States frequently engage in activities to facilitate learning and improve the capacity of educators and parents to work together and resolve disputes early. But how do States know their efforts are effective? And, with finite resources available, are there more efficient and effective ways to build local-level capacity? CADRE has outlined some key considerations for designing local-level capacity building supports.

Getting Started
  1. Determine current local-level capacity. Use dispute resolution, indicator 8, and other relevant data to inform your assessment.

    Ask questions such as:

    • What is the current capacity of educators and parents to work together?
    • What is the current capacity of LEAs to resolve conflicts early?
    • What is the current capacity of LEAs to align policies and practices with federal and state special education regulations?
    • Who needs to increase their capacity and in what area?
      • Do people have the necessary knowledge and skills?
    • What conditions in the environment might impact current capacity?
      • What else is going on when families and educators are attempting to work together and through conflict?
      • Are there any incentives reinforcing current behaviors?
  2. Determine if any assumptions have been made in your assessment of local-level capacity.

    Ask questions such as:

    • What evidence supports our understanding of local-level capacity?
    • How strong is this evidence?
    • Are there multiple data sources supporting our understanding?
    • Is there any contradictory evidence?
    • Are there any exceptions?
    • How valid and reliable is the data?
    • Are there any gaps in information?
      • What else do we need to know?
      • How can we get this information? 
  3. Determine desired results and identify the target audience(s).

    Ask questions such as:

    • What behaviors do we want to see at the local level?
    • Who do we want to behave in this way?
      • What motivates the target audience(s)?
      • Who influences the target audience(s)?
      • What challenges might the target audience(s) face in implementing the desired behaviors??
    • Why are these desired behaviors important?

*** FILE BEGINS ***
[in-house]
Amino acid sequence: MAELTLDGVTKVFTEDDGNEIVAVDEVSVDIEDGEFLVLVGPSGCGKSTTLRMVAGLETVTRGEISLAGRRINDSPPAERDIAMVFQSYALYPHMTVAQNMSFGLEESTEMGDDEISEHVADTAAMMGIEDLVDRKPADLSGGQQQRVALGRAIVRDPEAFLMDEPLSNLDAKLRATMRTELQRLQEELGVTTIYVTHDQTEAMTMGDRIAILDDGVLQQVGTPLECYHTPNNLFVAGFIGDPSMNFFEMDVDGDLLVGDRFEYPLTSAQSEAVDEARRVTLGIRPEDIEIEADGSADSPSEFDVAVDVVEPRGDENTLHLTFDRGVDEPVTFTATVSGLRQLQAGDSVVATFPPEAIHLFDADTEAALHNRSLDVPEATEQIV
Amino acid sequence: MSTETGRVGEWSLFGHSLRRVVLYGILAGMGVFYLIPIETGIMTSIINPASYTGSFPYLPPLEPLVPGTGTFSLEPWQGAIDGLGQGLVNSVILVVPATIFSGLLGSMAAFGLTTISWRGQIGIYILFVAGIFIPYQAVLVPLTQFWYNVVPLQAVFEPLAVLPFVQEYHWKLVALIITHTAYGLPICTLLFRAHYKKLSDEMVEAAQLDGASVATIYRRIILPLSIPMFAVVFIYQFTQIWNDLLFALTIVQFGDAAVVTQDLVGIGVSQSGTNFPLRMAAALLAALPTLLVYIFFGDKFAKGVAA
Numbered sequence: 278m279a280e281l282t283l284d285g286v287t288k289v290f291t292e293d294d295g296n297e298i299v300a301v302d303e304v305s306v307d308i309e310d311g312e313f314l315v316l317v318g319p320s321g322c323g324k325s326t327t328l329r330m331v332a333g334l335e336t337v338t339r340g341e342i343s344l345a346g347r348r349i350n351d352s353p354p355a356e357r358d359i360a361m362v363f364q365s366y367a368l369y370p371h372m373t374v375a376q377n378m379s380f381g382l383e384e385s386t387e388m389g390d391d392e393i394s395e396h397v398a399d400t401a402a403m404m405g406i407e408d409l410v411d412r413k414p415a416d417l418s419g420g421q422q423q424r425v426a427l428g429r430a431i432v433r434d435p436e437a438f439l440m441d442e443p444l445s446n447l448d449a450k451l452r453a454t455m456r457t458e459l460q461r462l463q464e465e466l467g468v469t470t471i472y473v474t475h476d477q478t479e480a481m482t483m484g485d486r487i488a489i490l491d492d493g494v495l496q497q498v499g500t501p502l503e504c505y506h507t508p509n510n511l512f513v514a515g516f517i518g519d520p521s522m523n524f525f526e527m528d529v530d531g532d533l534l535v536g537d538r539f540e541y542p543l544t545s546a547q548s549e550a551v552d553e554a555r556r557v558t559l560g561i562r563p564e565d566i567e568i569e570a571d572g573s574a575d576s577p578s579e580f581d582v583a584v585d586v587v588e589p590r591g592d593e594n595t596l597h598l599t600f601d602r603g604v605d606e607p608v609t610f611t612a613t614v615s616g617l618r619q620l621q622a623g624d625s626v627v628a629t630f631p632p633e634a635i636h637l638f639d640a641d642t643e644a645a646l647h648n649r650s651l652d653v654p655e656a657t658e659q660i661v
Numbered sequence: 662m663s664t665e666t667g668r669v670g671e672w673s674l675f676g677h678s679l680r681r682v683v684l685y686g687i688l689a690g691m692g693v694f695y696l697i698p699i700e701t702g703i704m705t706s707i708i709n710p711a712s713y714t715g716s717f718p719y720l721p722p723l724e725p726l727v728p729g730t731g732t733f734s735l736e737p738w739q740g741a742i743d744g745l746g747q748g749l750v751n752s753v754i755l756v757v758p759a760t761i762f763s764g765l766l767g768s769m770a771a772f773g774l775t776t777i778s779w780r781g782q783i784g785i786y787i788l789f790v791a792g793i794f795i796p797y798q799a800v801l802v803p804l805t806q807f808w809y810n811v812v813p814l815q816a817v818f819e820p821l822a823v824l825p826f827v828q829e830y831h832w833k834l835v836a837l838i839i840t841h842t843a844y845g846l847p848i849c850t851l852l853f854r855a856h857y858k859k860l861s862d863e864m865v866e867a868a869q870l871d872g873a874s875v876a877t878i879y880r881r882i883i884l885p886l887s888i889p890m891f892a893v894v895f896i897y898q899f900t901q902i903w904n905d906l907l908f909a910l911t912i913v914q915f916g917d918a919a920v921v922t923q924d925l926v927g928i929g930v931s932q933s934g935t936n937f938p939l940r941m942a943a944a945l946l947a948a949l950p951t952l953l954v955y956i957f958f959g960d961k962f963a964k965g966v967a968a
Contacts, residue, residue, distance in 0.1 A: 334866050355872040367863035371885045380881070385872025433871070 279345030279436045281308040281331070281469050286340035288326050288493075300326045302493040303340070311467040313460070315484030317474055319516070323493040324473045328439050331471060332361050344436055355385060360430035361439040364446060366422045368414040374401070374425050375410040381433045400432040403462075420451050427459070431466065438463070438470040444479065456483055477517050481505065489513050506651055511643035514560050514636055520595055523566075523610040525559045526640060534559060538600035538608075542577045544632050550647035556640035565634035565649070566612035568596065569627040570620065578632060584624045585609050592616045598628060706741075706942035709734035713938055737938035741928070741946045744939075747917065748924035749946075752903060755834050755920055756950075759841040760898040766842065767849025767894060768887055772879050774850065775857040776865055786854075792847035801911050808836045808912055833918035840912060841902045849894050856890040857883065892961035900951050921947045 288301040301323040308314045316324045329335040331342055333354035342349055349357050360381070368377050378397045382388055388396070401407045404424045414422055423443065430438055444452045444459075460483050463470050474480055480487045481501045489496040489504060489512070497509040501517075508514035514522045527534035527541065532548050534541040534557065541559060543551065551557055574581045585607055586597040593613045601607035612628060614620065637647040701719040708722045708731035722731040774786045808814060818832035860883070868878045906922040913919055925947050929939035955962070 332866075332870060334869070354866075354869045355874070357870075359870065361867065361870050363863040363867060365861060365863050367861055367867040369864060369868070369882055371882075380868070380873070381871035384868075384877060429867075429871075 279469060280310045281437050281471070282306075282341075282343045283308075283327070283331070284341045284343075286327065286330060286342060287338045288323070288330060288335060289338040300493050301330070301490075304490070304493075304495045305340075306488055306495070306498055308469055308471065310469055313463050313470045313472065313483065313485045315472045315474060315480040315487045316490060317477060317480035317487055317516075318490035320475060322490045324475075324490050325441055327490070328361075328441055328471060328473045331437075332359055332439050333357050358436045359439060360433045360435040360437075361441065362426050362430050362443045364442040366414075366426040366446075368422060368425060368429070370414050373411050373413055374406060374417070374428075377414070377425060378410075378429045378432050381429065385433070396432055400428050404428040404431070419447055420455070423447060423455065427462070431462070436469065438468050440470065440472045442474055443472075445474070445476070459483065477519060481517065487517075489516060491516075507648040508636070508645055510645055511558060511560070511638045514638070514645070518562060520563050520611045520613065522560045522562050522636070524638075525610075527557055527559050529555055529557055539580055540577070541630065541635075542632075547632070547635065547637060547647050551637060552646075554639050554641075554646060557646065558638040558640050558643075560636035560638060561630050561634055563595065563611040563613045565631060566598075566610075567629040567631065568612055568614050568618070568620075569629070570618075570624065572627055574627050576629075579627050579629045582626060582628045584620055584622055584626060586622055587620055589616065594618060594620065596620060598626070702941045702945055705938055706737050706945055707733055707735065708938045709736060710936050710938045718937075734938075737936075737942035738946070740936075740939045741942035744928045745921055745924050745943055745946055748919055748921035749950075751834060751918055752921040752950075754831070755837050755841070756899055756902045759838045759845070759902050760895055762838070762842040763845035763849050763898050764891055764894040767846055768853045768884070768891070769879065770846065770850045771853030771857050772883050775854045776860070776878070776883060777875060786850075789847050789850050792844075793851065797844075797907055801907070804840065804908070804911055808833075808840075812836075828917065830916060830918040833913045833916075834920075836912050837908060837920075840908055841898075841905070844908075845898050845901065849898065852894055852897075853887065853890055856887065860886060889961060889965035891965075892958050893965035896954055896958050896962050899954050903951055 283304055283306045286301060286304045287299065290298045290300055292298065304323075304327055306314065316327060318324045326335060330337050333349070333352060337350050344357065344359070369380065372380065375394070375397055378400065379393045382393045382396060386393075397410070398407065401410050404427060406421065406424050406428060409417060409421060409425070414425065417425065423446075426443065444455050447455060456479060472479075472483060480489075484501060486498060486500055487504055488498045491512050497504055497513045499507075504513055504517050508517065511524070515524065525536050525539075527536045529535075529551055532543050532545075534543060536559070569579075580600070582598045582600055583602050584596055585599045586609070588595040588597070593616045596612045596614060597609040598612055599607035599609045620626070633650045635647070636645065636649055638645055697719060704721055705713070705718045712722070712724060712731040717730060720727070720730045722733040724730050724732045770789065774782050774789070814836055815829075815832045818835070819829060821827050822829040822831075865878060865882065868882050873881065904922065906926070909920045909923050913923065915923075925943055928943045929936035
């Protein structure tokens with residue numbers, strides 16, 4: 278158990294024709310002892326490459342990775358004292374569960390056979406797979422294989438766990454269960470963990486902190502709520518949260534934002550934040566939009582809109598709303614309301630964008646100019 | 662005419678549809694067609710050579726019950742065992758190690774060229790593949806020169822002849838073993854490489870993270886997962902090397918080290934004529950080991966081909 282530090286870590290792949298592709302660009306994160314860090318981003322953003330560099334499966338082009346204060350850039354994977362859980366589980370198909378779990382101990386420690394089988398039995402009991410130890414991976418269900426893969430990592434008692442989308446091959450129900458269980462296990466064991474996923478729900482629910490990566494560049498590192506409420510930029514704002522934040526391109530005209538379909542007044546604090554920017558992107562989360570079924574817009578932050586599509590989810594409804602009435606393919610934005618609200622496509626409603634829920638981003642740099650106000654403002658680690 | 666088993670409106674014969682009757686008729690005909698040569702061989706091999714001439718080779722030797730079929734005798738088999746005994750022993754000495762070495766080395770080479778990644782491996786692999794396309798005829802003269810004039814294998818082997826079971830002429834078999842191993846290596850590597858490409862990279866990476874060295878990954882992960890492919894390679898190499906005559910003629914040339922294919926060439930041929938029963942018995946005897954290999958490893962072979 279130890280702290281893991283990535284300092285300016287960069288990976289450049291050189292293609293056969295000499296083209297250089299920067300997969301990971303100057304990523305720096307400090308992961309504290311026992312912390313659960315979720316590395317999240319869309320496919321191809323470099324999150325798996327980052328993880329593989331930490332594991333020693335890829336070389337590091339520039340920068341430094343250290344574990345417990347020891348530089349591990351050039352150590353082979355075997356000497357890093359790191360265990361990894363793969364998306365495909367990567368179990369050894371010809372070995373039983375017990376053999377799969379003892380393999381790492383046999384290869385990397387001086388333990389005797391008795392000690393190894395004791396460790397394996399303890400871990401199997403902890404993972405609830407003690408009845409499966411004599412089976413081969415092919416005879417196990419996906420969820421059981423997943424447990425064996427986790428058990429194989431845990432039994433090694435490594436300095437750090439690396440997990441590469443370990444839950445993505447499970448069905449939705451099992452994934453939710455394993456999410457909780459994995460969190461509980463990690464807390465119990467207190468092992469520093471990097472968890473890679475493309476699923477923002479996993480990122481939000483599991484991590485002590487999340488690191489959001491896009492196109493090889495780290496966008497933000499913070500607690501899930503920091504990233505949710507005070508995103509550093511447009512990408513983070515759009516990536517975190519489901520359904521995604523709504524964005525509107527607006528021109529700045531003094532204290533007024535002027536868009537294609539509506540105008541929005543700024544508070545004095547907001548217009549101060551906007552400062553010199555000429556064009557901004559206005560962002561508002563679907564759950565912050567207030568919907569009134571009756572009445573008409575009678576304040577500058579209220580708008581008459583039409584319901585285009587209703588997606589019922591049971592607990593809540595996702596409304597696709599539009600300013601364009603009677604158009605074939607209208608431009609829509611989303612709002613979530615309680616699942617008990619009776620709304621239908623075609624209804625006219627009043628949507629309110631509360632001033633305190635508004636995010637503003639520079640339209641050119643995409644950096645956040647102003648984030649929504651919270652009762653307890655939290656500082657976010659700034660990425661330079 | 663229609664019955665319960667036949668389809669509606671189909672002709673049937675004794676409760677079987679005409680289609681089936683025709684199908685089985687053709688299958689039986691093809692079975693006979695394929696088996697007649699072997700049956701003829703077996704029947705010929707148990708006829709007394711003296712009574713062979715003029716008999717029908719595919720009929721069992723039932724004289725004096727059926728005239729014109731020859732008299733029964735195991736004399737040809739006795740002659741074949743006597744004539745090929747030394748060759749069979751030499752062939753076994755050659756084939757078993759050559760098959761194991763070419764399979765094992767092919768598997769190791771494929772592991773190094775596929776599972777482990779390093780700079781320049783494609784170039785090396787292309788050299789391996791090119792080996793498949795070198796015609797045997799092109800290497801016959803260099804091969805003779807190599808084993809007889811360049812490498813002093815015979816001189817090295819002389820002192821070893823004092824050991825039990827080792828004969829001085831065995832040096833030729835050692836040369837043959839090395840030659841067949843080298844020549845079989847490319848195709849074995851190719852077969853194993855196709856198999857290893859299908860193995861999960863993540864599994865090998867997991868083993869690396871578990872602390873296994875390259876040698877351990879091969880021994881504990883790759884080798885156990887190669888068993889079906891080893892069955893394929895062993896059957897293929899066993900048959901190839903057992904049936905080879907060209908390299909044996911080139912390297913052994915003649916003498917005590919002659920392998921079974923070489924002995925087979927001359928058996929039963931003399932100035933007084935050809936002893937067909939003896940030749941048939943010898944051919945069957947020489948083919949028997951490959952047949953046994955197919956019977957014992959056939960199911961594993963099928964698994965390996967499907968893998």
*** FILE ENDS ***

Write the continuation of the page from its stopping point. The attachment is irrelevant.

• What would success look like?
  4. Identify priorities.

    Ask questions such as:

    • Do we have leadership and stakeholder interest in the implementation of these desired behaviors?
    • How do these priorities align with other priorities in our department/organization?
    • What do we have the capacity to work on?
    • Are there current opportunities and organizational assets that can be leveraged?
  5. Identify what needs to happen in order for local-level capacity to improve.

    Ask questions such as:

    • What support does the target audience(s) need most in order to implement desired behaviors?
    • What strategies or activities will have the greatest impact?
    • What resources are needed to implement these strategies or activities?
      • Are there existing resources that can be used or modified?
      • Does CADRE have a resource that we can leverage to help meet the needs of our target audience? Check out CADRE Resources listed on this webpage.
    • Who will we partner or coordinate with?
    • What existing infrastructure can be leveraged?
    • Who will be responsible for individual activities and general oversight?
    • When will activities be completed?
  6. Create an action plan.
Understand and Utilize Learning and Development Best Practices

It is critical for States to utilize learning and development best practices when designing and implementing local-level capacity building supports.

For more information, visit:

Continue to Build Your Own Capacity

Visit Contact CADRE for individual technical assistance at

Partner with Parent Center(s)

A number of SEAs have partnered with Parent Centers on many initiatives to help build the local-level capacity of both educators and families.  We have highlighted below resources showcasing SEA-Parent Center partnerships: